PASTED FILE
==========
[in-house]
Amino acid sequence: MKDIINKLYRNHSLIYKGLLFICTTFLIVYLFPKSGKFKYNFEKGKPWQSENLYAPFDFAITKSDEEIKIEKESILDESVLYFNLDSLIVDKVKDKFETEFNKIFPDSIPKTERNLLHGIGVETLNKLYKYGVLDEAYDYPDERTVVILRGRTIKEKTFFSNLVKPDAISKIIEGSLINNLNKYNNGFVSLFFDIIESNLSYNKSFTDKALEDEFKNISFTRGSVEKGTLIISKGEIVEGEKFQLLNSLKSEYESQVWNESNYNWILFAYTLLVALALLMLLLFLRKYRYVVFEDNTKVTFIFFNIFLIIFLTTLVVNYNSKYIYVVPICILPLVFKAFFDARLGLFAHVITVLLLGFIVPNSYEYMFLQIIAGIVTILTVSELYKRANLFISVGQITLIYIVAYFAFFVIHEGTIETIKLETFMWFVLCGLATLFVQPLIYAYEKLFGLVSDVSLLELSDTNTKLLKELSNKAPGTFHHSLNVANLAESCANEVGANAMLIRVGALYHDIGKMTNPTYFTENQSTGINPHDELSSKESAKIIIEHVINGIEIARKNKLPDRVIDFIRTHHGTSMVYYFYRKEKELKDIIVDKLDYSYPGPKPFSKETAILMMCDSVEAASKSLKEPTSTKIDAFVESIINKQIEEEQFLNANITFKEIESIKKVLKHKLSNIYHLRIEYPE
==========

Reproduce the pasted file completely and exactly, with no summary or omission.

[in-house]
Amino acid sequence: MKDIINKLYRNHSLIYKGLLFICTTFLIVYLFPKSGKFKYNFEKGKPWQSENLYAPFDFAITKSDEEIKIEKESILDESVLYFNLDSLIVDKVKDKFETEFNKIFPDSIPKTERNLLHGIGVETLNKLYKYGVLDEAYDYPDERTVVILRGRTIKEKTFFSNLVKPDAISKIIEGSLINNLNKYNNGFVSLFFDIIESNLSYNKSFTDKALEDEFKNISFTRGSVEKGTLIISKGEIVEGEKFQLLNSLKSEYESQVWNESNYNWILFAYTLLVALALLMLLLFLRKYRYVVFEDNTKVTFIFFNIFLIIFLTTLVVNYNSKYIYVVPICILPLVFKAFFDARLGLFAHVITVLLLGFIVPNSYEYMFLQIIAGIVTILTVSELYKRANLFISVGQITLIYIVAYFAFFVIHEGTIETIKLETFMWFVLCGLATLFVQPLIYAYEKLFGLVSDVSLLELSDTNTKLLKELSNKAPGTFHHSLNVANLAESCANEVGANAMLIRVGALYHDIGKMTNPTYFTENQSTGINPHDELSSKESAKIIIEHVINGIEIARKNKLPDRVIDFIRTHHGTSMVYYFYRKEKELKDIIVDKLDYSYPGPKPFSKETAILMMCDSVEAASKSLKEPTSTKIDAFVESIINKQIEEEQFLNANITFKEIESIKKVLKHKLSNIYHLRIEYPE